LaGrange Training School

Historical Marker #2418 in LaGrange tells the history of the LaGrange Training School and Rosenwald Schools.

Prior to 1913, the only funds for black education were those remaining after the collection of taxes in the African American community. The La Grange Training School was the ninth school in the state of Kentucky to be built with Rosenwald funds and the only African American school in Oldham County. Rosenwald School Funds were distributed through grant requests directed by the Tuskegee Institute of which Rosenwald served on the Board of Trustees. Funding was given with the stipulation that local communities must raise $1,000 as a matching grant.

The local citizens of La Grange raised the necessary funding and the La Grange Training School was built in 1920-1921 on Hwy 53 North, on a two-acre lot, in La Grange. The general public raised $4,600 while the African American community raised $1,000. An old newspaper clipping stated that “it has been well equipped for industrial arts and competent teachers employed.” The school consisted of three rooms and was used through the early 1960s. After completing the first eight years of school, students were bussed 25 miles to the Lincoln Institute in Shelby County to attend high school. Students would often board at the Lincoln Institute and come home on weekends. In 1964, the Civil Rights Act was passed and schools became integrated.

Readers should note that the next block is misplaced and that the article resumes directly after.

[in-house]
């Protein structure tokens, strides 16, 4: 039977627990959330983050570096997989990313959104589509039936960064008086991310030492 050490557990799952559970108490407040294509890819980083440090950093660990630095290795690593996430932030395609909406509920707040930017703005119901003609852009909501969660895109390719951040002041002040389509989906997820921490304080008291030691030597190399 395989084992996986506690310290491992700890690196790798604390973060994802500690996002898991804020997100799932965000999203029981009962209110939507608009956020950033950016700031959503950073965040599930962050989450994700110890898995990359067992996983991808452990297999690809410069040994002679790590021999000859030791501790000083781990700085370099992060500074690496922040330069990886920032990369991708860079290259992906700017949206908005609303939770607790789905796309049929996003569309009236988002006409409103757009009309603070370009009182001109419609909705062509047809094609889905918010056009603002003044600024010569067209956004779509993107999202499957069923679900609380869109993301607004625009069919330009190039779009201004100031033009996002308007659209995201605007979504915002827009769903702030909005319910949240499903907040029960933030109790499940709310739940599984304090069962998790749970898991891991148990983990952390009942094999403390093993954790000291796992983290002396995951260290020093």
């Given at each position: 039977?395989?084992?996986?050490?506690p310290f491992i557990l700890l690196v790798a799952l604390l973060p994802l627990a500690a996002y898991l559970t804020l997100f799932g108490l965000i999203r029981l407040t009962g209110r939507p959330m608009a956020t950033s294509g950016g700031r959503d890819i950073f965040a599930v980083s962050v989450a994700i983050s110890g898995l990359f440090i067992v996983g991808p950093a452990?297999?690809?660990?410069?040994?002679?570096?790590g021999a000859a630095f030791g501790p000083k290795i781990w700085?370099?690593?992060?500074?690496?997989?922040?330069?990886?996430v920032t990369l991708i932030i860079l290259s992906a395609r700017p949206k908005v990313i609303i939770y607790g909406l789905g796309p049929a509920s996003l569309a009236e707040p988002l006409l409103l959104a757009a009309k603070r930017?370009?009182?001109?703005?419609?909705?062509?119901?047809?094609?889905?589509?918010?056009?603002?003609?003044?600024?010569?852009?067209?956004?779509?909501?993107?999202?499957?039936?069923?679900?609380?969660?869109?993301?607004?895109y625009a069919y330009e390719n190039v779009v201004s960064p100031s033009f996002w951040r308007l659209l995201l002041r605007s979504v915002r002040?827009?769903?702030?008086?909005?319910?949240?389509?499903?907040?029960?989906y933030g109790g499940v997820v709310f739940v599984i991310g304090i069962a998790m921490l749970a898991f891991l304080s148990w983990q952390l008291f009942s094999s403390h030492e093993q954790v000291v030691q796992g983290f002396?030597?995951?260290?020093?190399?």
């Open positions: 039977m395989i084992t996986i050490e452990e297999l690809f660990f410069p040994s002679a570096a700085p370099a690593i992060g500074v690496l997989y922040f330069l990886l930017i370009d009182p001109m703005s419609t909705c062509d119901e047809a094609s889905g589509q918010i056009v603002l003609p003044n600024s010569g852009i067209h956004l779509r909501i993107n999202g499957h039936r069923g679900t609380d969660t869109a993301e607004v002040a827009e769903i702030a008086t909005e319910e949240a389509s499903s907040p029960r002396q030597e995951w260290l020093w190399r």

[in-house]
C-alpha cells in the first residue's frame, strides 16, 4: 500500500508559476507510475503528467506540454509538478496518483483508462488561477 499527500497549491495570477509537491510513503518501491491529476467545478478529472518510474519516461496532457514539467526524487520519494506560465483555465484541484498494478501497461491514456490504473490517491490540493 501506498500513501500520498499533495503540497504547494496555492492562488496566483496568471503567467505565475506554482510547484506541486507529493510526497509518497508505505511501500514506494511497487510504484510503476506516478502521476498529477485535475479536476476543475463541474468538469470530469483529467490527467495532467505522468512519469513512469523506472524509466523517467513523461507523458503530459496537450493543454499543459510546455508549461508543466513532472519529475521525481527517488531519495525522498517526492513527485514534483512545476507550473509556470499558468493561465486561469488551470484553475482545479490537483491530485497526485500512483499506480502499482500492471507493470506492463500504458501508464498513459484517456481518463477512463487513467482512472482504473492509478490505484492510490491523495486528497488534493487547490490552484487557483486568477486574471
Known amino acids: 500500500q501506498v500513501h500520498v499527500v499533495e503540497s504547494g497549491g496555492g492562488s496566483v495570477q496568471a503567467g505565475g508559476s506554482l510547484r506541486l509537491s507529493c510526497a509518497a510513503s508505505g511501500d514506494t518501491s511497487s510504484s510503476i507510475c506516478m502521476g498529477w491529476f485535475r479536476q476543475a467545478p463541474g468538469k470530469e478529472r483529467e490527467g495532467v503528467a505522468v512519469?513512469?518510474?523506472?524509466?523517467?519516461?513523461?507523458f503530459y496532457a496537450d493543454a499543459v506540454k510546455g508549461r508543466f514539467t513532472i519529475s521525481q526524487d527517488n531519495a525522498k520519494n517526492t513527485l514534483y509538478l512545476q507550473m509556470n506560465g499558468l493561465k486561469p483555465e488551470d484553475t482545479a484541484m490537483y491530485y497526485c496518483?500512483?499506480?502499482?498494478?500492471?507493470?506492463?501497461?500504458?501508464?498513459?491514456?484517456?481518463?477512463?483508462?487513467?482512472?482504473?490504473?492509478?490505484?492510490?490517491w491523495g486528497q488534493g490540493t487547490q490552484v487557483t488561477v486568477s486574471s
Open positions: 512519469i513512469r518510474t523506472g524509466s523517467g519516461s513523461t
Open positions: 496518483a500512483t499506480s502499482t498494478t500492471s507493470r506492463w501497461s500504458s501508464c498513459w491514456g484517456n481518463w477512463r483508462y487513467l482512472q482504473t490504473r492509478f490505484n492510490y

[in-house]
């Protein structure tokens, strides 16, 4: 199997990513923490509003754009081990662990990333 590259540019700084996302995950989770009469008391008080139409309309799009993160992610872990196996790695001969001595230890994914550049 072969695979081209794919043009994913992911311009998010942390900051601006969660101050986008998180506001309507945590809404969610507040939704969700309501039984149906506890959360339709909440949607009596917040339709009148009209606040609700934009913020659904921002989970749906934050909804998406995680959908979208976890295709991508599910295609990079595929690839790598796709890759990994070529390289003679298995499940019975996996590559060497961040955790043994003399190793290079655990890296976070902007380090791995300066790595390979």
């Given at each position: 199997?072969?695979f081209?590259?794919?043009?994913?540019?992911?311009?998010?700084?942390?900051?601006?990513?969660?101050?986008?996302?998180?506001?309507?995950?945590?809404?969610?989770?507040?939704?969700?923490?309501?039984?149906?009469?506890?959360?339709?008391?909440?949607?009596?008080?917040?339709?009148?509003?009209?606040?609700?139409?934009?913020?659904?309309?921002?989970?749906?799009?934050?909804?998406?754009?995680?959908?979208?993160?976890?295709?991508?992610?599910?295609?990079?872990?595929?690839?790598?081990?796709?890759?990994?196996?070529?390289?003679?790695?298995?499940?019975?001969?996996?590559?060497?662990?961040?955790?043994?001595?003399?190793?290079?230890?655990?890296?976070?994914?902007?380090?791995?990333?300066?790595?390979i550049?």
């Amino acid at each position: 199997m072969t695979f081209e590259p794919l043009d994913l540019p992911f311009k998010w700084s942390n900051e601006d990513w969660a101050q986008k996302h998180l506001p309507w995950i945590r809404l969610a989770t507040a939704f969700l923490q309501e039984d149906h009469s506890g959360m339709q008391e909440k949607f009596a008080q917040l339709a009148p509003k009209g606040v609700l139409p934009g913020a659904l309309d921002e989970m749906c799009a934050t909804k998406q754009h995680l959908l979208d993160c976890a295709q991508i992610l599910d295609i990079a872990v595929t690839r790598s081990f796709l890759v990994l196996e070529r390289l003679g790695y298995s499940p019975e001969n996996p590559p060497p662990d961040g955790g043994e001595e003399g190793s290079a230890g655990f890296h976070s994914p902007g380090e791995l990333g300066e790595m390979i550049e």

Oldham County had established the Oldham County Public High School by 1903, but African American students were not allowed to attend due to segregation rules. The school closed in the mid-1960s and was converted to the First Baptist Church of La Grange. This building burned to the ground in 1990. The church built a new building on the exact location of the former school.